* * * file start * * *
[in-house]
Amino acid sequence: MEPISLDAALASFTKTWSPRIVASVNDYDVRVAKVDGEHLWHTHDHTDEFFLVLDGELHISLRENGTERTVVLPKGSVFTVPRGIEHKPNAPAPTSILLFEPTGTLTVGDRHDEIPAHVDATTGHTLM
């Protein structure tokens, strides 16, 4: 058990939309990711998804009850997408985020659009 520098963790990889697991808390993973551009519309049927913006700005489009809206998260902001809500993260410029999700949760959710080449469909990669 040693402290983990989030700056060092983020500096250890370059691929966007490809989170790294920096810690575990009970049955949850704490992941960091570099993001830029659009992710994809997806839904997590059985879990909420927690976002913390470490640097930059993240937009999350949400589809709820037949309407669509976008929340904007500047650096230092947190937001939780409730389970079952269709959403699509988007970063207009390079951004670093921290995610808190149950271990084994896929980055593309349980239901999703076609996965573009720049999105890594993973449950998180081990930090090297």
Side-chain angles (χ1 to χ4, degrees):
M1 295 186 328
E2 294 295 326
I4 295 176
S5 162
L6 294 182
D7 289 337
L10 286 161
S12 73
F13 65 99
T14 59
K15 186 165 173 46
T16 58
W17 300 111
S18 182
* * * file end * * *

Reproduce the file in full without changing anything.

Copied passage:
[in-house]
Amino acid sequence: MEPISLDAALASFTKTWSPRIVASVNDYDVRVAKVDGEHLWHTHDHTDEFFLVLDGELHISLRENGTERTVVLPKGSVFTVPRGIEHKPNAPAPTSILLFEPTGTLTVGDRHDEIPAHVDATTGHTLM
């Protein structure tokens, strides 16, 4: 058990939309990711998804009850997408985020659009 520098963790990889697991808390993973551009519309049927913006700005489009809206998260902001809500993260410029999700949760959710080449469909990669 040693402290983990989030700056060092983020500096250890370059691929966007490809989170790294920096810690575990009970049955949850704490992941960091570099993001830029659009992710994809997806839904997590059985879990909420927690976002913390470490640097930059993240937009999350949400589809709820037949309407669509976008929340904007500047650096230092947190937001939780409730389970079952269709959403699509988007970063207009390079951004670093921290995610808190149950271990084994896929980055593309349980239901999703076609996965573009720049999105890594993973449950998180081990930090090297």
Side-chain angles (χ1 to χ4, degrees):
M1 295 186 328
E2 294 295 326
I4 295 176
S5 162
L6 294 182
D7 289 337
L10 286 161
S12 73
F13 65 99
T14 59
K15 186 165 173 46
T16 58
W17 300 111
S18 182